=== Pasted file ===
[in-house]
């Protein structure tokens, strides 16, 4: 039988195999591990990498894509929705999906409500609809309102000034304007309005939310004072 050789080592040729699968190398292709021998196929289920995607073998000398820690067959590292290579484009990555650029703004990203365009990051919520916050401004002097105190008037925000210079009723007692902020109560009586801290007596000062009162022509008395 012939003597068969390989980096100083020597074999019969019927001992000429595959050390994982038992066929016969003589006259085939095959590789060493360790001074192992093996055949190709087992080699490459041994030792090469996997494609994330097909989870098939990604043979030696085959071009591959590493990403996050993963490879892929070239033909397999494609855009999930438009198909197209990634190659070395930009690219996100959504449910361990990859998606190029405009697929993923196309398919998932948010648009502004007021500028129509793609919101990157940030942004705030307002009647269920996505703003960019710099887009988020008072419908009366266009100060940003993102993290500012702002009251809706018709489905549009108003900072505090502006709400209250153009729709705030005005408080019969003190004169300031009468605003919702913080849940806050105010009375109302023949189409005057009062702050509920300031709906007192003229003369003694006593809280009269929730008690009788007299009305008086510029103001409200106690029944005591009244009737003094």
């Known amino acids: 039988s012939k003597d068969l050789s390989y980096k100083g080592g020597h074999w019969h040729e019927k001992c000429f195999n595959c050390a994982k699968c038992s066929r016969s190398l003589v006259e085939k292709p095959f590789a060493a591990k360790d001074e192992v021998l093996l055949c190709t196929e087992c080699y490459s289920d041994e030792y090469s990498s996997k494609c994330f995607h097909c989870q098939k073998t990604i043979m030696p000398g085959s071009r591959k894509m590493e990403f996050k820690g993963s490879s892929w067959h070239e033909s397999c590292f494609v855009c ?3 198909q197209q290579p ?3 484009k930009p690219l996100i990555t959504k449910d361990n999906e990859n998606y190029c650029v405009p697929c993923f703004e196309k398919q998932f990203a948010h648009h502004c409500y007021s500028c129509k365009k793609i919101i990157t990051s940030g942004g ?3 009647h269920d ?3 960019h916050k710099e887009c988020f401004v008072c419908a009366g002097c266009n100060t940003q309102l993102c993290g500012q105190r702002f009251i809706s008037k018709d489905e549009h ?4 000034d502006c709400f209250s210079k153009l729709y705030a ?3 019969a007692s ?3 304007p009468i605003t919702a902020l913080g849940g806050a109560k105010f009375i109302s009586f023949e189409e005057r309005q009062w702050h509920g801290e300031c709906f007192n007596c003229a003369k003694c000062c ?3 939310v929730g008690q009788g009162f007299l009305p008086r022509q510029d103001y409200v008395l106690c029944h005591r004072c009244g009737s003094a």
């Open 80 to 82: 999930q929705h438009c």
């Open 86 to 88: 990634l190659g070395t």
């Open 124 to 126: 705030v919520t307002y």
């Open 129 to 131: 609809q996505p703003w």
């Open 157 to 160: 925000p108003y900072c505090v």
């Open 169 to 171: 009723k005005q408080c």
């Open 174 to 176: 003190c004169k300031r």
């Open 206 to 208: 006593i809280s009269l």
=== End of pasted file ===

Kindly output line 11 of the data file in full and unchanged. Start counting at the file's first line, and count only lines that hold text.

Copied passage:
């Open 206 to 208: 006593i809280s009269l």